A billionaire activist and philanthropist, Tom Steyer brings several assets with him to the 2020 presidential race: Longtime Democratic connections, at least some support from his efforts to impeach President Donald Trump and a willingness to spend $100 million of his own money on the race, giving him time to get his footing.
But that doesn’t necessarily translate to a successful campaign.
Steyer is entering the Democratic presidential primary relatively late and facing nearly two dozen competitors in a historically crowded field. He hasn’t been included in any polls since January and likely won’t make the second round of debates. His top issues — climate change and impeachment — haven’t moved the needle for other candidates.
“That’s kind of the big lingering question is, what does he have that the other candidates don’t besides the big bankroll that he walks in the door with?” said Neil Sroka, a spokesman for Democracy For America. He argued that to win the nomination this cycle, a candidate will have to be able to tap into the grassroots to earn support.
“That’s going to be the real challenge, and certainly the resources makes it possible to build that team, but it doesn’t make it a fait accompli. And so it’s one of the reasons Mr. Steyer is going to have to work just as hard as any other candidate in this race if he’s going to be successful, and we’ll have to see how that works out.”
In fact, Steyers’ strengths may also hurt him in the Democratic primary. He is a billionaire in a primary with Massachusetts Sen. Elizabeth Warren and Vermont Sen. Bernie Sanders, who have criticized the political decisions of the super-rich. And he’s self-funding in a field that has stressed the importance of small-dollar donations.
“The decision to get in this late means a candidate must look at the entire diverse field and think, ‘I alone can win this.’ It’s an entirely different decision from announcing in January when almost nobody was in the race,” said Adam Green, the co-founder of Progressive Change Campaign Committee (which is backing Warren), in a statement to TIME. “Especially for a rich white male, this decision should be gut-checked in a major way.”
Still, $100 million can go a long way in a presidential race. Comparatively, South Bend Mayor Pete Buttigieg’s campaign says he raised $24.8 million in just the second quarter, and former Vice President Joe Biden’s campaign says he brought in $21.5 million.
Steyer’s money means that rather than focusing on bringing in donations to survive, he’ll largely be free to pursue his own agenda.
On it are impeachment and climate change, which will likely allow him to corner other Democrats on those issues. A large chunk of the presidential field has come out in support of beginning impeachment proceedings against Trump, but none have made it a centerpiece issue the way Steyer has. In January, he ruled out a presidential run saying that impeachment would be his focus instead.
Though Steyer was notably silent on that issue in his announcement video, he did mention his other big focus, climate change. It’s a topic that has seen little by way of substantive debate in the 2020 primary. Although Washington Gov. Jay Inslee has claimed climate change as the centerpiece of his campaign and former Texas Rep. Beto O’Rourke has pushed it as a central issue, neither has broken into the top tier of candidates so far.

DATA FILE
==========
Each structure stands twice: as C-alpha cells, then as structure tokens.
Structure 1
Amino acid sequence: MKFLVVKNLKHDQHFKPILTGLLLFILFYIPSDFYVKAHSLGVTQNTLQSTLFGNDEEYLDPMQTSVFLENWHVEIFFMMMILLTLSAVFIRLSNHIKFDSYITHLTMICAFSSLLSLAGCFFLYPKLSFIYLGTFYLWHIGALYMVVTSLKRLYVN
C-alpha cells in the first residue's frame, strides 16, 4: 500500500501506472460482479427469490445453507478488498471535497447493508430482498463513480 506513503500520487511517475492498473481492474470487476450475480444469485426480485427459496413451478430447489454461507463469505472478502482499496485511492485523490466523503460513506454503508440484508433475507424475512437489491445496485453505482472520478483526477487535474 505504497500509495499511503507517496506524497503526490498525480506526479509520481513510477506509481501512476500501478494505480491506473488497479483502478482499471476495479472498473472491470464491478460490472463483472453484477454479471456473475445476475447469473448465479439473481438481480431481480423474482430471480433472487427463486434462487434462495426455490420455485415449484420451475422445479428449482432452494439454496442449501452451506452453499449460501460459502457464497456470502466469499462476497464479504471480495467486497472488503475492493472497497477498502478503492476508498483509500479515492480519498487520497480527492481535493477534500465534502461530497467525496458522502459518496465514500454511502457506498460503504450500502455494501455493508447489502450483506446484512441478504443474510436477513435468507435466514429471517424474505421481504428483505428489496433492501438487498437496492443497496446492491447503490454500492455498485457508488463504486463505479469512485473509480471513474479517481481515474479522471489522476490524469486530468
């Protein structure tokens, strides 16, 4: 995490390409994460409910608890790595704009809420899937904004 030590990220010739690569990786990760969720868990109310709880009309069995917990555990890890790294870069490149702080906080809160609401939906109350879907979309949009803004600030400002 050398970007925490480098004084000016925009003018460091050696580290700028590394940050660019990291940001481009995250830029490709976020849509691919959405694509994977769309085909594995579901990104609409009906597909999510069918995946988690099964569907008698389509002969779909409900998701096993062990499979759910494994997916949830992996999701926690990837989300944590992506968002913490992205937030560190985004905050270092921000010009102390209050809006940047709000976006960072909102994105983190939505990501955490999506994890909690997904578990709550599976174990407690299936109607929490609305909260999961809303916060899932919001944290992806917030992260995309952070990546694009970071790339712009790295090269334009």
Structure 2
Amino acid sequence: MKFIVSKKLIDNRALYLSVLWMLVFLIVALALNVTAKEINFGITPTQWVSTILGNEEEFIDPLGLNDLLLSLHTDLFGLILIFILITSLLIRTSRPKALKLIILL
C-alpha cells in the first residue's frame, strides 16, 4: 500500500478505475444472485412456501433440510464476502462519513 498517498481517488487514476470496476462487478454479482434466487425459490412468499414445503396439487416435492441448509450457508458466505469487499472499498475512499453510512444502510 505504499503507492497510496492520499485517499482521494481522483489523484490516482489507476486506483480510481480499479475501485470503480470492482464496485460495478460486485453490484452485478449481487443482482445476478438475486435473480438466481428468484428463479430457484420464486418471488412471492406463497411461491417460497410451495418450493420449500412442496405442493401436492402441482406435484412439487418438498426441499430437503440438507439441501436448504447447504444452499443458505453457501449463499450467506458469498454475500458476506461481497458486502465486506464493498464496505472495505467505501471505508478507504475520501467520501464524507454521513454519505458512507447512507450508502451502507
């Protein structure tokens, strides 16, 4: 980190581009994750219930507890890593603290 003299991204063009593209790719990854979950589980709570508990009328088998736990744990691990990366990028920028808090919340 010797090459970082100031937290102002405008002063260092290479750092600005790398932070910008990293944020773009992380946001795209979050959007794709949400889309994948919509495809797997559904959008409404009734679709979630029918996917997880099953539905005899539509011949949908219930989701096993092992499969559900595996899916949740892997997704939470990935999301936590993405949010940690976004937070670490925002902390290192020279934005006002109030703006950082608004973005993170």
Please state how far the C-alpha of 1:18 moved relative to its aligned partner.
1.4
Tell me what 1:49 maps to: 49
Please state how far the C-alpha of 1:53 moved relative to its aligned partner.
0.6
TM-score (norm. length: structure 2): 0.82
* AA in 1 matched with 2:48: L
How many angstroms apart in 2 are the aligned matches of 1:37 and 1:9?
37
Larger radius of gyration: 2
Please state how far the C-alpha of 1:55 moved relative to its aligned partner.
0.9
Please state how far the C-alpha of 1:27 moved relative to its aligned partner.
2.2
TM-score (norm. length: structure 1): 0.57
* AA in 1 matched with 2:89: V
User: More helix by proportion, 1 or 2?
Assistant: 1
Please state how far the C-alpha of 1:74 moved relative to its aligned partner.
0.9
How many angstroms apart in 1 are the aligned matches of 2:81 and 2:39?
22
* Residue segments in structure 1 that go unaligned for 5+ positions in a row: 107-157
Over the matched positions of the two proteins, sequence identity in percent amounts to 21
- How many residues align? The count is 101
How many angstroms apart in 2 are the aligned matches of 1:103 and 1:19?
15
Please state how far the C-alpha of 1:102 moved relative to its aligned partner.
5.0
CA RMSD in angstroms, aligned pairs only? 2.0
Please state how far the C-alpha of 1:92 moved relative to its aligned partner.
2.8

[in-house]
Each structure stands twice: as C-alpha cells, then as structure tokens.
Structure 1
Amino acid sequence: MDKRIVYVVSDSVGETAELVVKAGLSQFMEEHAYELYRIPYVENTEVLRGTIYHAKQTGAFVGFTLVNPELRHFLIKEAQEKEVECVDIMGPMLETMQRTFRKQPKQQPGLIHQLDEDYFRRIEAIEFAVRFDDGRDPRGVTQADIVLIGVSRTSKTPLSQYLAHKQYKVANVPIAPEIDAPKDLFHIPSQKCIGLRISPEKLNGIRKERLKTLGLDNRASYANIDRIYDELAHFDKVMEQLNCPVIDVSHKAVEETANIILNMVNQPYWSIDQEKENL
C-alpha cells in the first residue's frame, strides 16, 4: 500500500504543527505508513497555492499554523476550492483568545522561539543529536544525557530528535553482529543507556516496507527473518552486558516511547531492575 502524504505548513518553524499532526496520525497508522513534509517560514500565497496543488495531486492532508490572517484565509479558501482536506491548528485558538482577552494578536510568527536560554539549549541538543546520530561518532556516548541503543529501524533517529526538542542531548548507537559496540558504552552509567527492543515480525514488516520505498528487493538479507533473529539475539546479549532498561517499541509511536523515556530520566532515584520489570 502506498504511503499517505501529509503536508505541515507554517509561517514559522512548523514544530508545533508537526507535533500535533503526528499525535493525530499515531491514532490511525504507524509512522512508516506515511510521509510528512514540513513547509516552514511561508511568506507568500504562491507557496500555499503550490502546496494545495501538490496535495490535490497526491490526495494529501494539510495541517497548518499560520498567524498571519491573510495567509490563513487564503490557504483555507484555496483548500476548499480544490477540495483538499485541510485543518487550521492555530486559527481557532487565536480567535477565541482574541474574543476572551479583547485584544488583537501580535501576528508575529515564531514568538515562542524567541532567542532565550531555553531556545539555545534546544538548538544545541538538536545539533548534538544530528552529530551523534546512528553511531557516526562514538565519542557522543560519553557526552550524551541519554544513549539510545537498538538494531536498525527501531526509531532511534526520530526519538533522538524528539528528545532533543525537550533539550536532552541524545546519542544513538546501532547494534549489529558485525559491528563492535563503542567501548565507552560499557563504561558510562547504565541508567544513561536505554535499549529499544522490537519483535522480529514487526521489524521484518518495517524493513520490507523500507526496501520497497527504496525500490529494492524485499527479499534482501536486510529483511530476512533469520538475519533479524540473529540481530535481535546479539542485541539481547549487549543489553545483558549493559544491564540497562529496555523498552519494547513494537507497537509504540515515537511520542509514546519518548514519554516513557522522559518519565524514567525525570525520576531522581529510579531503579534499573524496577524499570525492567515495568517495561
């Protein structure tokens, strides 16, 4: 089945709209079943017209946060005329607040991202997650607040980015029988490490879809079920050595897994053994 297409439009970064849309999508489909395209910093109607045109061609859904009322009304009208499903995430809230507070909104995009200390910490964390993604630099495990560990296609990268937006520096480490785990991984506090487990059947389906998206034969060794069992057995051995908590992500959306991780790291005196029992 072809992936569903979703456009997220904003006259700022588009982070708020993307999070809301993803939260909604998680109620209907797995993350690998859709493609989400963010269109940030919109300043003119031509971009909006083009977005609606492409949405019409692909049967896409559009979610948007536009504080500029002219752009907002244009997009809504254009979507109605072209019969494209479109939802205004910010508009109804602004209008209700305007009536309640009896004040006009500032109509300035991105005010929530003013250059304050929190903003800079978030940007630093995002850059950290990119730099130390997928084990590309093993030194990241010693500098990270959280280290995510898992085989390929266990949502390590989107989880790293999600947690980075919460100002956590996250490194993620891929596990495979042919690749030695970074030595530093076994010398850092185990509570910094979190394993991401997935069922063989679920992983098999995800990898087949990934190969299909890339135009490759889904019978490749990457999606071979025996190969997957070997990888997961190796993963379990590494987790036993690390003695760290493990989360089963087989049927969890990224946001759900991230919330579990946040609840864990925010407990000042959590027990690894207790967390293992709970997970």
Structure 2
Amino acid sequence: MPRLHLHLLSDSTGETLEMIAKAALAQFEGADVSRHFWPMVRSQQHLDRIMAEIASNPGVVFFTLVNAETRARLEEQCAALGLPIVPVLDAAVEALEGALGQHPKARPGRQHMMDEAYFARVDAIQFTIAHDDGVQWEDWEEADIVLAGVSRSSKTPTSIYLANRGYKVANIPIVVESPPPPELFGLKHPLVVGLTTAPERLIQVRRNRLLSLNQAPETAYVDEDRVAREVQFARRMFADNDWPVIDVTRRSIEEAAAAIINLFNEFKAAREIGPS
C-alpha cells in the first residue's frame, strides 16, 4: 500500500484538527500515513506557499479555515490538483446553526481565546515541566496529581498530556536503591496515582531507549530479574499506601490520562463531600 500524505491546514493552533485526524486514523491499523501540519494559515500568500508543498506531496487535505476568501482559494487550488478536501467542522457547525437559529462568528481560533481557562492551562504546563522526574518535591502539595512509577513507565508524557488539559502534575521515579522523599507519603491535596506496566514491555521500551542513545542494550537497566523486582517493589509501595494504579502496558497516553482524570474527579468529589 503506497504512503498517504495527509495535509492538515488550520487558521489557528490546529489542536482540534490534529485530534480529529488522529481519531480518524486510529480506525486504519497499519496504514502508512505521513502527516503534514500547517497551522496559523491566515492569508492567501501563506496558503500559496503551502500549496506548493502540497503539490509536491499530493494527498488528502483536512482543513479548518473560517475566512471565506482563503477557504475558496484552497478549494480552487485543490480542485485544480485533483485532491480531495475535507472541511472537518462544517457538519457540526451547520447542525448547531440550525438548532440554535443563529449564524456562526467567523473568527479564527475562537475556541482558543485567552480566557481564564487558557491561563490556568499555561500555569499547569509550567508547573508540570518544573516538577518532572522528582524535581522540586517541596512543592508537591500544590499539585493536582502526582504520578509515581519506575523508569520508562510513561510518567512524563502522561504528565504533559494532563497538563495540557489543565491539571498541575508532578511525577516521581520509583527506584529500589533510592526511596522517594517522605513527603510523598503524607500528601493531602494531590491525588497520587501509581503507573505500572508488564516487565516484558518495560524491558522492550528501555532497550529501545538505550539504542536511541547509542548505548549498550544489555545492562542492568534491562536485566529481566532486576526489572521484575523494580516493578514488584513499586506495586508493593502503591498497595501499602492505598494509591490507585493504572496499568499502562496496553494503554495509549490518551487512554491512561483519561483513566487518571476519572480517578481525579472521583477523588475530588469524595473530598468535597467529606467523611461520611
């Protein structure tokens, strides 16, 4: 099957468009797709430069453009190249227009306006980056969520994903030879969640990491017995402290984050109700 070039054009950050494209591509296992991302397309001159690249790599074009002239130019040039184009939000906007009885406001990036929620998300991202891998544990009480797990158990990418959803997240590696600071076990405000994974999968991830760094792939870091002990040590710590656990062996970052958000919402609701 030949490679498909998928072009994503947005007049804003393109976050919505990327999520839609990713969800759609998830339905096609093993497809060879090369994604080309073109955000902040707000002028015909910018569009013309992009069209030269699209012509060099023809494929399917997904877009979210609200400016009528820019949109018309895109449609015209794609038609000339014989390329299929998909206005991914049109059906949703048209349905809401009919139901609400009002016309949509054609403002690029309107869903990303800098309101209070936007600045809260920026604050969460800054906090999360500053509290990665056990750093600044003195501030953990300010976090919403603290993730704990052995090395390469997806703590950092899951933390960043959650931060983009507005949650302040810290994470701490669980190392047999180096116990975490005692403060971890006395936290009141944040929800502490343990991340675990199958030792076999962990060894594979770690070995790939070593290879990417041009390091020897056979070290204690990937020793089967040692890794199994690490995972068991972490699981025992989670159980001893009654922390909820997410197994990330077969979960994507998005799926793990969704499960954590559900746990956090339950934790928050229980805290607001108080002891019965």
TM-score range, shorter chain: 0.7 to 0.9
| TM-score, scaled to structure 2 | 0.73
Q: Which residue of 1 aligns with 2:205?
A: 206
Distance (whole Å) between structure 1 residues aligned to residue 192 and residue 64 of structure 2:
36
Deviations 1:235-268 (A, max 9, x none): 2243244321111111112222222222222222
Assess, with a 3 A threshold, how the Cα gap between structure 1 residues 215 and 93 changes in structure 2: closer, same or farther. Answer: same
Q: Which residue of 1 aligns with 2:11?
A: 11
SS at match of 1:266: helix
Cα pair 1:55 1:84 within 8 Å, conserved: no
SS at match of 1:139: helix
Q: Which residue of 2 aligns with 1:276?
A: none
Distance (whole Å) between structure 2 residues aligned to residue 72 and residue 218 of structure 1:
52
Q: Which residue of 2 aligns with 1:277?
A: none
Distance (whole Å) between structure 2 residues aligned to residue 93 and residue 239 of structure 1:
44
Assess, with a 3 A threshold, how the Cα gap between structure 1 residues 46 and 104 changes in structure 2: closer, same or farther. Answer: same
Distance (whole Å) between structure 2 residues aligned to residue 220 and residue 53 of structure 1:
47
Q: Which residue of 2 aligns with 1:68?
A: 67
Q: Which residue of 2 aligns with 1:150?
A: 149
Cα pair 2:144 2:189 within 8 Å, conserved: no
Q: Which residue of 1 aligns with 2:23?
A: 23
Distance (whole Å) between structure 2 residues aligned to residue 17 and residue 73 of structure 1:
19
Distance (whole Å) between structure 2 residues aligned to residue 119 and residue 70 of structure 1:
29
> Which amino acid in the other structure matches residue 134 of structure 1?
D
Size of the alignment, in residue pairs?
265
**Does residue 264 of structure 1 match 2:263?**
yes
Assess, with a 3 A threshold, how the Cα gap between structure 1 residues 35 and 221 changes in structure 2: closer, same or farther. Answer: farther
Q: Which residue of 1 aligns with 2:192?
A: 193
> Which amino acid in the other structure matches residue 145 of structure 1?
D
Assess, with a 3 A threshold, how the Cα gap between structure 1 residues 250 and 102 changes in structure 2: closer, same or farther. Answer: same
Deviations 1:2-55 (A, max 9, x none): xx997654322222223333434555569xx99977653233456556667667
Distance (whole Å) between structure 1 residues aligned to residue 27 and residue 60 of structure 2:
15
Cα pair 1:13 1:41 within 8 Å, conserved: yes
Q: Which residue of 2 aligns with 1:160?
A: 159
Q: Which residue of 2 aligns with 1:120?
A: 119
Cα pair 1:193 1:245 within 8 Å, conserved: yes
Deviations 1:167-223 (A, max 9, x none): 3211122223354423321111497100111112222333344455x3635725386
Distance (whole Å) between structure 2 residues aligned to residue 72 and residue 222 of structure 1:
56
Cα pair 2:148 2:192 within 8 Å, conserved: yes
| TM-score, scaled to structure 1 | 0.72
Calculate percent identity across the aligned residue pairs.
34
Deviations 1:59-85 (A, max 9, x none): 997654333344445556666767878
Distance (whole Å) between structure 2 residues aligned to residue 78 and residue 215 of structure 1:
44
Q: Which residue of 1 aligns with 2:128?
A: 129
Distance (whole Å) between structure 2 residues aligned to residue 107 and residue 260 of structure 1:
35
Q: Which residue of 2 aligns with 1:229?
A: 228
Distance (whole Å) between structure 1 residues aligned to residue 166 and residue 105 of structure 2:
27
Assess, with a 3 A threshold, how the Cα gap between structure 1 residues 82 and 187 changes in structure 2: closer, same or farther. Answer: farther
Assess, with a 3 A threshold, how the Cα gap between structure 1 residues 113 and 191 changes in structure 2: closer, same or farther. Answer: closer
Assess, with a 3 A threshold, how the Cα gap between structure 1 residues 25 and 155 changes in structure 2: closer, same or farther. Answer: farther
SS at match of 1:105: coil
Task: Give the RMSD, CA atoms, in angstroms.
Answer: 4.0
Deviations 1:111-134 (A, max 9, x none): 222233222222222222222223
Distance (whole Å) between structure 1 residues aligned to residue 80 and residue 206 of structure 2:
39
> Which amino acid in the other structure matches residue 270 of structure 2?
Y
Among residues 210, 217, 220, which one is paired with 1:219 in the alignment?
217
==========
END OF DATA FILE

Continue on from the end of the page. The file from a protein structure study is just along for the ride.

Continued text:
Both are also causes Steyer has experience backing through is work with NextGen America and Need to Impeach, organizations whose leadership he left as he runs for president. In a press release, Need to Impeach said Steyer pledged more than $50 million through 2020 “to ensuring both organizations fulfill their missions.”
“Through the important work of @NextGenAmerica and @Need2Impeach, which I will continue to support, I’ve focused on registering & turning out the #youthvote, and pressuring Congress to hold this president accountable by beginning impeachment proceedings. But it’s not enough,” Steyer said on Twitter.
Perhaps Steyer’s biggest obstacle will be gaining enough traction in the polls and grassroots to stay relevant. To meet the bar for the Democratic National Committee’s fall debates, candidates must receive 2 percent or more in at least four qualifying polls and a grassroots fundraising threshold of 130,000 unique donors with at least 400 donors pers state from at least 20 states.
Also left in question is how his dollars focused on a presidential campaign could be used instead. It’s an idea that has rankled some Democrats.
“For the $100 million that Tom Steyer is planning to spend on this race, you could change the balance of every competitive state legislative chamber in America. Think about that for a second. Instead, he’s spending it on a vanity project,” said Rebecca Katz, a progressive strategist, in an email to TIME. “How can someone complain about how our democracy is being sold to the highest bidder, and then in the next breath pledge to spend $100 million to buy the highest office in the land?”
“I don’t know how anyone can look at this primary field and think – you know what we need? Another white man.”
A day before Steyer jumped in, Rep. Eric Swalwell, a fellow Californian, became the first serious candidate to drop from the race, saying that he did not see a viable path forward. Asked if he had any advice for Steyer, Swalwell said:
“It’s rough out there.”
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